Generally, rotors can cost between $30 and $75 each, while labor to replace both rotors and pads can cost up to $200 per axle.
What Can Make a Brake Pad and Rotor Replacement Job More Costly?
One of the key considerations mechanics use to determine the overall price is the make of your car. Generally, European brands, such as BMW and Audi, may cost more than American-made vehicles because they are slightly different, and it may take the mechanic longer to work on them.
Additionally, a high-end truck may cost significantly more than a typical everyday car because they might prefer aftermarket performance parts instead of stock replacement pads.
Your driving environment and brake pad materials also play a role in the cost because you can install a more expensive brake pad for heavy-duty use.
While disc brake calipers are typically the toughest and durable parts of your braking system, it is still advisable to check their condition as well.
Calipers are the brake parts that house the pistons, which squeeze the brake pads against the rotors to stop the car. Generally, calipers and pistons are only found in disc brake systems and can give you up to 100,000 miles of service.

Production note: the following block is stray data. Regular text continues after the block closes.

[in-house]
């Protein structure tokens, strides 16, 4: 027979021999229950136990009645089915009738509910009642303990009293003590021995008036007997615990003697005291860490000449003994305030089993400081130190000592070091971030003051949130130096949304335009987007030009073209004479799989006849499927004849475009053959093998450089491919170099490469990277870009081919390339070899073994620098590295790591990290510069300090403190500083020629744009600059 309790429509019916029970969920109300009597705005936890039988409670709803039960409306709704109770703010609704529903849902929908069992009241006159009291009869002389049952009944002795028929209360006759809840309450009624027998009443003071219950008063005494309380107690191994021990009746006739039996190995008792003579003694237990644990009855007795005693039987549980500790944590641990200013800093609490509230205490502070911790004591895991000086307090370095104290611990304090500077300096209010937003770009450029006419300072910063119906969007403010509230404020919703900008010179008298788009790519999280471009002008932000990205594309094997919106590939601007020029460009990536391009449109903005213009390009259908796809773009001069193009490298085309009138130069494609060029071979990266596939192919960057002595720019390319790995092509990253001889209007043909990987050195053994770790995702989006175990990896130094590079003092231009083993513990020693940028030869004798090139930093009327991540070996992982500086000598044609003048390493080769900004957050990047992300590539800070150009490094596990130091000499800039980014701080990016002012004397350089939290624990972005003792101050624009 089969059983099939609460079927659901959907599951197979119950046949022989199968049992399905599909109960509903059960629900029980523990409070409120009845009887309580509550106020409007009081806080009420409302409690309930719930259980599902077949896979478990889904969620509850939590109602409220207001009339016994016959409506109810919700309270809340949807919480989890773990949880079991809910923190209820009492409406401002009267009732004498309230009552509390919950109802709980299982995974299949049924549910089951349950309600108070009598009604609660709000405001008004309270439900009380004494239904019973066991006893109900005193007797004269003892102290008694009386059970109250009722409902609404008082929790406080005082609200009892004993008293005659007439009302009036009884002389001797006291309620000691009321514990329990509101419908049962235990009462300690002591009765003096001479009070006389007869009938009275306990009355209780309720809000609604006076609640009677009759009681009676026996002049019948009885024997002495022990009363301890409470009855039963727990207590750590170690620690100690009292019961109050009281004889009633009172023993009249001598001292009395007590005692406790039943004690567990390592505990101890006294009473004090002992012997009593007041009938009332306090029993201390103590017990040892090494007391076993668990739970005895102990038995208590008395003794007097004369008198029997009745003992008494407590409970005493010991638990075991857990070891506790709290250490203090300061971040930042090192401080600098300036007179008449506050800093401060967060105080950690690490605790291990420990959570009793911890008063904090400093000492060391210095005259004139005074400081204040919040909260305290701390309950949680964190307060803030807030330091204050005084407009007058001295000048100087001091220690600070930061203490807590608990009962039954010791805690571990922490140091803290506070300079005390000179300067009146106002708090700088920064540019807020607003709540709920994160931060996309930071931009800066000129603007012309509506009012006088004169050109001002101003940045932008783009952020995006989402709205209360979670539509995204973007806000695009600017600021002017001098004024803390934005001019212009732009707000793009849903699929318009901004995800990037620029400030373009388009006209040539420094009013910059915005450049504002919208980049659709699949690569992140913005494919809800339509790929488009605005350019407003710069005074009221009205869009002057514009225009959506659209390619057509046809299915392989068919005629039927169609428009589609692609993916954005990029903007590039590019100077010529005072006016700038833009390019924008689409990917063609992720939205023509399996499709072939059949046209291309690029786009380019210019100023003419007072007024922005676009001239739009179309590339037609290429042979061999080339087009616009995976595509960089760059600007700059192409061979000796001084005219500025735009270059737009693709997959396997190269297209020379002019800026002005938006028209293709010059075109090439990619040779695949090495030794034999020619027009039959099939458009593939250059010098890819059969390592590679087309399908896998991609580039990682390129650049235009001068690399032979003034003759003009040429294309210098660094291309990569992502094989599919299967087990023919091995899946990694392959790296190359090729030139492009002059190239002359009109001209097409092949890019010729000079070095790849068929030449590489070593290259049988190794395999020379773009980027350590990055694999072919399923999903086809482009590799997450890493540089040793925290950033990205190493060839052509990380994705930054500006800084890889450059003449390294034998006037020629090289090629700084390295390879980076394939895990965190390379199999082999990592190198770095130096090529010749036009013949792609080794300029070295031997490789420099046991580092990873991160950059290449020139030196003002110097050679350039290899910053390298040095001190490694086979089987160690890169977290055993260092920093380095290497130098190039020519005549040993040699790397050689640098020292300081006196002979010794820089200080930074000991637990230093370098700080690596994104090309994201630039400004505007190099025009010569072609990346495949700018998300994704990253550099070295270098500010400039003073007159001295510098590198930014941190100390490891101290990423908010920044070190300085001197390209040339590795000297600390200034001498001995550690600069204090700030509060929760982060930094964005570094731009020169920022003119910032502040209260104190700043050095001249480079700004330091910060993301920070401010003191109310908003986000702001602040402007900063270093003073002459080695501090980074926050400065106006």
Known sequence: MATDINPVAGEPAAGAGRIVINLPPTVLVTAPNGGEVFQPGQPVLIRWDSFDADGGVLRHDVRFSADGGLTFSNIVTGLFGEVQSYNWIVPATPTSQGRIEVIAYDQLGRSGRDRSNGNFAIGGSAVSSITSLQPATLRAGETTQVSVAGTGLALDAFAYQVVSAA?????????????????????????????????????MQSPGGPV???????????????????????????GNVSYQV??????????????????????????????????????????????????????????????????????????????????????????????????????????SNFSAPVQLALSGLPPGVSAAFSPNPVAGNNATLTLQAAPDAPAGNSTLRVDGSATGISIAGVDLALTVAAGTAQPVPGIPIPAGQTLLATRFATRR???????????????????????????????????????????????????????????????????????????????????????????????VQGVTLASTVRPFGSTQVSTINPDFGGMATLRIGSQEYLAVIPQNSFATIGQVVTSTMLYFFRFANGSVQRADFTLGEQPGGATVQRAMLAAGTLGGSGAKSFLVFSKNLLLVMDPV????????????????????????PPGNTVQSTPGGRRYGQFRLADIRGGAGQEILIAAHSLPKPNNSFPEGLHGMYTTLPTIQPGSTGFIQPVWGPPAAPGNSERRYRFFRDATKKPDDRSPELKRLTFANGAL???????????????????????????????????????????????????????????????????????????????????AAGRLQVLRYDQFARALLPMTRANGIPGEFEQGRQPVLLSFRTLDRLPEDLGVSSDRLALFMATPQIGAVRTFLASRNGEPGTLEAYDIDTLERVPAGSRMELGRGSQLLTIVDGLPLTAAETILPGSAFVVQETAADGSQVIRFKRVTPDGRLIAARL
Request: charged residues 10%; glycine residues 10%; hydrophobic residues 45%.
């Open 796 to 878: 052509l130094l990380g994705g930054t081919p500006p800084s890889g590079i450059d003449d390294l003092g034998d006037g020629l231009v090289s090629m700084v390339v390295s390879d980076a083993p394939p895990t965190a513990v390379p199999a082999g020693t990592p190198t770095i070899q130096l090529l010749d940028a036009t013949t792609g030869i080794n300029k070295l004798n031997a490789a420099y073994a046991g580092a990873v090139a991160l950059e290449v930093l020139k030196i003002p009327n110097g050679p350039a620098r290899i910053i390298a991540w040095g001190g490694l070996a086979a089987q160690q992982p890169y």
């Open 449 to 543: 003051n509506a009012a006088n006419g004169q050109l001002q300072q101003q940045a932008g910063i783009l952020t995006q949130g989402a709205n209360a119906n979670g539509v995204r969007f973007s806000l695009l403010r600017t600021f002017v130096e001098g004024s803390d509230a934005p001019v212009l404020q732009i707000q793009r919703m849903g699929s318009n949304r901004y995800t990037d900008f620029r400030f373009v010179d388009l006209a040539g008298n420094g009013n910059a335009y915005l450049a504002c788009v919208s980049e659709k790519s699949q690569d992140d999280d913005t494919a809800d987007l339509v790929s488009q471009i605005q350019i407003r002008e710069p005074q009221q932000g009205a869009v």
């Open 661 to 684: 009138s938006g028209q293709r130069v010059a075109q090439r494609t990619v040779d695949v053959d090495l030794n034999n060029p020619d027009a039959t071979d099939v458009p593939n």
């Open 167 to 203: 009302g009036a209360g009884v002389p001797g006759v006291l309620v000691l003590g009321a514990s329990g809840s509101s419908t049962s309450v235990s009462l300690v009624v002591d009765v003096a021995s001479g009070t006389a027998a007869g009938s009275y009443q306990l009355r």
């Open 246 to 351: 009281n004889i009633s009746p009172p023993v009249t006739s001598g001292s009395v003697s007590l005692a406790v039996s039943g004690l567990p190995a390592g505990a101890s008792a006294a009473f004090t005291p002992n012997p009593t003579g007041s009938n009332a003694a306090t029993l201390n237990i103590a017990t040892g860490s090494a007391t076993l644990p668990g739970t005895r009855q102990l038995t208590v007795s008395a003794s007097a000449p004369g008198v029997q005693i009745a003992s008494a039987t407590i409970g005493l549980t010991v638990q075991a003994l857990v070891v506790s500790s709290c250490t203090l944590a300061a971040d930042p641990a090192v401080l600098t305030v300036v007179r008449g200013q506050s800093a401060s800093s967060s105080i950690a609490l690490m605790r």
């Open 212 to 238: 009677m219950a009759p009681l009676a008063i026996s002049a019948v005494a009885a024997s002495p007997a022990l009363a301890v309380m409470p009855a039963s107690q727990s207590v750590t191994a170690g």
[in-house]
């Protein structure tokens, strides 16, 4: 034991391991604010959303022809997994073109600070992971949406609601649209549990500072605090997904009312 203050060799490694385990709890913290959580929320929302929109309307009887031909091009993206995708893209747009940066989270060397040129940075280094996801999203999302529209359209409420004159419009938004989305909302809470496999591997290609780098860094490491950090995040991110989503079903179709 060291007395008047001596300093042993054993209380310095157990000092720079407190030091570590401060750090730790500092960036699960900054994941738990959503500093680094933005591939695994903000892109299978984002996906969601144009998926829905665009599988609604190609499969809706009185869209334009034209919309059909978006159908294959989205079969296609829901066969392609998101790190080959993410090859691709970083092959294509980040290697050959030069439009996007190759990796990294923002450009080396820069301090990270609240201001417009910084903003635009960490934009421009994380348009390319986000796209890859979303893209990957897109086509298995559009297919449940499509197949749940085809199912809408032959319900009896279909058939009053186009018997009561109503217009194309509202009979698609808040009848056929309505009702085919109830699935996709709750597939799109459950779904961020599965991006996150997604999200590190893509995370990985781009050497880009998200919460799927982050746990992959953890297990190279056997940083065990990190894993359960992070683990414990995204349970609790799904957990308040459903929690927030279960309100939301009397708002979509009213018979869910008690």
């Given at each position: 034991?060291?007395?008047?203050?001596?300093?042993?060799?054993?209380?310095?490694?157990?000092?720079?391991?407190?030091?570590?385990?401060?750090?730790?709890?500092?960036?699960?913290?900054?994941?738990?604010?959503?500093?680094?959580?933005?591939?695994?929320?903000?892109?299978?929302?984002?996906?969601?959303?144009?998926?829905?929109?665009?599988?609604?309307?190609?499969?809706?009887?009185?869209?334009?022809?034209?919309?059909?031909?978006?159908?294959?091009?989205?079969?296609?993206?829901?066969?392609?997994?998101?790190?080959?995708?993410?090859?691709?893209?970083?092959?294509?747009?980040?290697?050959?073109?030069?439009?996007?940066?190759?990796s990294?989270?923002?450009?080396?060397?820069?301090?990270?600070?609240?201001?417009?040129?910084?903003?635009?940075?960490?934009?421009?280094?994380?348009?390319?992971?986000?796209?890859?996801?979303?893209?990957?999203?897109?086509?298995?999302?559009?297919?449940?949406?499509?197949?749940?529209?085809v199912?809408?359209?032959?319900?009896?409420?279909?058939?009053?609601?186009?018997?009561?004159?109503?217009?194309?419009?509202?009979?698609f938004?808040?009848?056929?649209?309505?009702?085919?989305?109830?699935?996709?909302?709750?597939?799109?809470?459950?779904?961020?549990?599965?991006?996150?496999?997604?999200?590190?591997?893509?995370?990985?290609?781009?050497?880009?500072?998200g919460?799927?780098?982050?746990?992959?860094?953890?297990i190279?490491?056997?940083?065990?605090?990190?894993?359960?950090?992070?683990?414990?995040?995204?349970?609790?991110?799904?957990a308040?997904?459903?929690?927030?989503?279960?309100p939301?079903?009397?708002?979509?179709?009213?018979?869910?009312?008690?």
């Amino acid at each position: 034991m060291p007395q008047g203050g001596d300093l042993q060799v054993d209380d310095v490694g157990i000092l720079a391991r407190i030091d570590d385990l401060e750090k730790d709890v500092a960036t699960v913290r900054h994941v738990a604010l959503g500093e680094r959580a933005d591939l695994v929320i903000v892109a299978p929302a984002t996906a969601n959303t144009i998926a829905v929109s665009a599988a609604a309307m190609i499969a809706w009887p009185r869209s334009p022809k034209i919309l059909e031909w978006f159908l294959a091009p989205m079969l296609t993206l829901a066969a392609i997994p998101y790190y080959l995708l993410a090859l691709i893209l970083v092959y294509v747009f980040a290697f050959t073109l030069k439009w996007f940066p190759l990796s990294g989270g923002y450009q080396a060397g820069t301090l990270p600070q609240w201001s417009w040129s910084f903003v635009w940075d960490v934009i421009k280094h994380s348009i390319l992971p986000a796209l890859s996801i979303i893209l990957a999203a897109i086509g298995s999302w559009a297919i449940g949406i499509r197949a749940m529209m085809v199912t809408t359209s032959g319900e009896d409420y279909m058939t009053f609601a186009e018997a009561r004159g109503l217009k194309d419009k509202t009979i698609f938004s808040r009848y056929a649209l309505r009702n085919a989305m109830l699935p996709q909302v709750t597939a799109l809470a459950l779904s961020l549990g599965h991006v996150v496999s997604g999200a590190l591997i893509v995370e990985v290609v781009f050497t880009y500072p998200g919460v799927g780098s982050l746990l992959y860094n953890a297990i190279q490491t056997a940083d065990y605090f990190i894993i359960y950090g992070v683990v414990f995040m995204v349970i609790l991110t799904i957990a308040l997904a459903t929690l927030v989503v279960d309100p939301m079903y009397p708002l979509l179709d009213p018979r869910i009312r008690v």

These parts often wear out due to corrosion. The most obvious sign that you need to replace them is when your car pulls to one side when you apply the brakes.
Calipers are also the most expensive to replace as they can cost up to $130 per unit. Ideally, it is better to replace your brake calipers in pairs to ensure they perform well together.
You should also know how much a tune-up usually costs.
While the engine is critical for making your car move, the braking system is essential for making it stop. Most modern cars come with sensors that alert you when your brake pads are worn out. But, there are other indicators of worn-out brake parts that you should not ignore.
A complete car brake service typically takes 15 minutes to an hour at the shop and can cost between $300 and $1,000 depending on your car make and the replacement parts. It can cost you less if you decide to perform the job yourself because it is one of the easiest DIY projects you can do. However, be sure to consult your car manual for specific repair information. Also, remember to always wear gloves, safety glasses, and a mask to protect yourself from brake dust and leaking fluids.